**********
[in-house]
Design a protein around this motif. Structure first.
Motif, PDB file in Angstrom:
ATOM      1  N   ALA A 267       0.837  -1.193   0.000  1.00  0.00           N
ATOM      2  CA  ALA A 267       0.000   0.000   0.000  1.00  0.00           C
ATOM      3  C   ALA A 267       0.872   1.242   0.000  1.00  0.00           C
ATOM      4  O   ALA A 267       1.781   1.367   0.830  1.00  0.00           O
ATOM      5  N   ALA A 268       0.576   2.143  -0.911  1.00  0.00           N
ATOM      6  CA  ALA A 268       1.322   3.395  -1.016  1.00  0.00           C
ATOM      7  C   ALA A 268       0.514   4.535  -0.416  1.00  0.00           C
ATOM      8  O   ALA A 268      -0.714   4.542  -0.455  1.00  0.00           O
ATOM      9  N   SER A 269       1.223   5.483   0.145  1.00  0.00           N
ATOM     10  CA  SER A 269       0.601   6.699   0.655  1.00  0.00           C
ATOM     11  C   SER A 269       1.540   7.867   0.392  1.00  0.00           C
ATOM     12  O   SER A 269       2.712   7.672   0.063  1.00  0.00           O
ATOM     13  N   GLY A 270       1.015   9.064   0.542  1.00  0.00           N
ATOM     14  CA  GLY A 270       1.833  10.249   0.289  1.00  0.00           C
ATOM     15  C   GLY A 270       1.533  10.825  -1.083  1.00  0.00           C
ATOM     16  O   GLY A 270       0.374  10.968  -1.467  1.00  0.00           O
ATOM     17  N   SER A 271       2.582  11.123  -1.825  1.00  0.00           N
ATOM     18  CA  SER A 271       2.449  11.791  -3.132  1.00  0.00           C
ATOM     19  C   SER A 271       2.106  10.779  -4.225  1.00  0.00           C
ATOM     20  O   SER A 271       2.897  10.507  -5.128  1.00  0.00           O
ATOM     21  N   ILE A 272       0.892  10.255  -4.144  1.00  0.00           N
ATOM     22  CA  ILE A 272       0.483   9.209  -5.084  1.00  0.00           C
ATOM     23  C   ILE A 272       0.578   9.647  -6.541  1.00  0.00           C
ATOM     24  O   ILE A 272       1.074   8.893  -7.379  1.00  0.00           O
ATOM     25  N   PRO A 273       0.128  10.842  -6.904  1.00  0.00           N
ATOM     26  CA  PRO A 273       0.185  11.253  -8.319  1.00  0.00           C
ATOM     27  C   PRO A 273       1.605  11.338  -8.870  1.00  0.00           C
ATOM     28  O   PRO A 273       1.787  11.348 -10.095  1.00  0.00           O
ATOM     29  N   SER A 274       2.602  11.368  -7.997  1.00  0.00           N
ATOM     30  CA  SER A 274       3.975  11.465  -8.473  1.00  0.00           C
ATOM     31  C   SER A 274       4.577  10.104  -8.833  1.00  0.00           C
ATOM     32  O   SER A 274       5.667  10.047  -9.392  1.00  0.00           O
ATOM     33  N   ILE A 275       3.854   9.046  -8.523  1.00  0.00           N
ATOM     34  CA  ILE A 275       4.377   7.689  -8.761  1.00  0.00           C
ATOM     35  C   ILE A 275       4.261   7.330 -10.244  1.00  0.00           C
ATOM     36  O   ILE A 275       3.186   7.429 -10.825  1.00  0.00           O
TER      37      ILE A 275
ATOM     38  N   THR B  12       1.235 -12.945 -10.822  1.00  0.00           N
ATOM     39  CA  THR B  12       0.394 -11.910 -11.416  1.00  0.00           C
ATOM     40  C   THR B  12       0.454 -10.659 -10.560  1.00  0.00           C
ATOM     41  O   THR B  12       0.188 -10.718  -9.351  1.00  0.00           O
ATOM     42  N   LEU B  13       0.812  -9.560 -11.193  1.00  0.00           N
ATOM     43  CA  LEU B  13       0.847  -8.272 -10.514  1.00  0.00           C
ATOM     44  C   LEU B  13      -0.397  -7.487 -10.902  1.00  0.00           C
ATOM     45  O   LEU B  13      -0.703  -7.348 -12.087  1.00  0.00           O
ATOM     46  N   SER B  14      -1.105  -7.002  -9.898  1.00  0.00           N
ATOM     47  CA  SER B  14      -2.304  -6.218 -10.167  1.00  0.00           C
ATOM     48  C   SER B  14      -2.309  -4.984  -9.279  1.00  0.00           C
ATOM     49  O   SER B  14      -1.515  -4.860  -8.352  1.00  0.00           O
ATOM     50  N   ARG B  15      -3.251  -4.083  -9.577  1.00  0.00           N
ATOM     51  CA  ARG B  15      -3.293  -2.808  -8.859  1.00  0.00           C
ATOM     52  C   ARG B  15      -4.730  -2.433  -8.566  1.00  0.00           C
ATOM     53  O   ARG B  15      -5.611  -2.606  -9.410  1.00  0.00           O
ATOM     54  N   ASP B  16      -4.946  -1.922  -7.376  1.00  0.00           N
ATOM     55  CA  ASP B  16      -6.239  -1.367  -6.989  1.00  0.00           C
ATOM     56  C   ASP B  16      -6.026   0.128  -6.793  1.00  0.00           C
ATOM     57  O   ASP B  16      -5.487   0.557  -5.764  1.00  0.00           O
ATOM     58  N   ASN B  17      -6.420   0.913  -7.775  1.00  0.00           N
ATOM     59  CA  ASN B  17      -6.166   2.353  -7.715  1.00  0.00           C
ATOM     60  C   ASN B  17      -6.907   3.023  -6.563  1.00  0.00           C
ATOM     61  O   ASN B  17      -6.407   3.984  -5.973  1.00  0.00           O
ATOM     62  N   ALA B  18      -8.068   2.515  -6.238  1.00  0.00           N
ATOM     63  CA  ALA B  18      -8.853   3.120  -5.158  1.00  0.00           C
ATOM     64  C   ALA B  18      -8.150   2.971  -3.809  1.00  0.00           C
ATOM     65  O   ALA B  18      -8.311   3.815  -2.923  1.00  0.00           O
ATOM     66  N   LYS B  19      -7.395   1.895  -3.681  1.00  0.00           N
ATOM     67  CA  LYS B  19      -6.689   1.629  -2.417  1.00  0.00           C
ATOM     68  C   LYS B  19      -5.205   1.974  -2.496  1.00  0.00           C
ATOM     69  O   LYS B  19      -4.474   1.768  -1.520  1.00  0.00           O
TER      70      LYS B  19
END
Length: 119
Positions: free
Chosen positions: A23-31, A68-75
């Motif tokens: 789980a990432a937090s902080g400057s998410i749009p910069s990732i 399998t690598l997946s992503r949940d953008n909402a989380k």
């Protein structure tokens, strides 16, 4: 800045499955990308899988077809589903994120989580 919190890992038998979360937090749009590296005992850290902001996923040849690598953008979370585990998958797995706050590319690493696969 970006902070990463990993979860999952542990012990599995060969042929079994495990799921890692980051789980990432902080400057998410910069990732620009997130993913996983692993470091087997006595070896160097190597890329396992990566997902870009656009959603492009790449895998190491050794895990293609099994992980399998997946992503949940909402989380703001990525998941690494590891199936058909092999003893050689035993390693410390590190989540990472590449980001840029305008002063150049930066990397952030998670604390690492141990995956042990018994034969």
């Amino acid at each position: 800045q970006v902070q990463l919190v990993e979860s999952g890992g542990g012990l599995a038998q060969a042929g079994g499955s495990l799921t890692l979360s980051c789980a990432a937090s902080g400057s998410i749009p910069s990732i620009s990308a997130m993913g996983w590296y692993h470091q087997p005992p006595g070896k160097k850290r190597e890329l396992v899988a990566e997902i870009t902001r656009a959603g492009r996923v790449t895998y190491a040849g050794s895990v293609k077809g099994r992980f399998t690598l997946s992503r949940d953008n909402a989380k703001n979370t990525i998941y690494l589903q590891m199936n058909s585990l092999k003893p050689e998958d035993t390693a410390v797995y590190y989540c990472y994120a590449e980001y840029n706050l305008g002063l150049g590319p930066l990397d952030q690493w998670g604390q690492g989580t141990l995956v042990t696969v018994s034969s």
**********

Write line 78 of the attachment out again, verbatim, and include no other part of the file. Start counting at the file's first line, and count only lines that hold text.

């Motif tokens: 789980a990432a937090s902080g400057s998410i749009p910069s990732i 399998t690598l997946s992503r949940d953008n909402a989380k």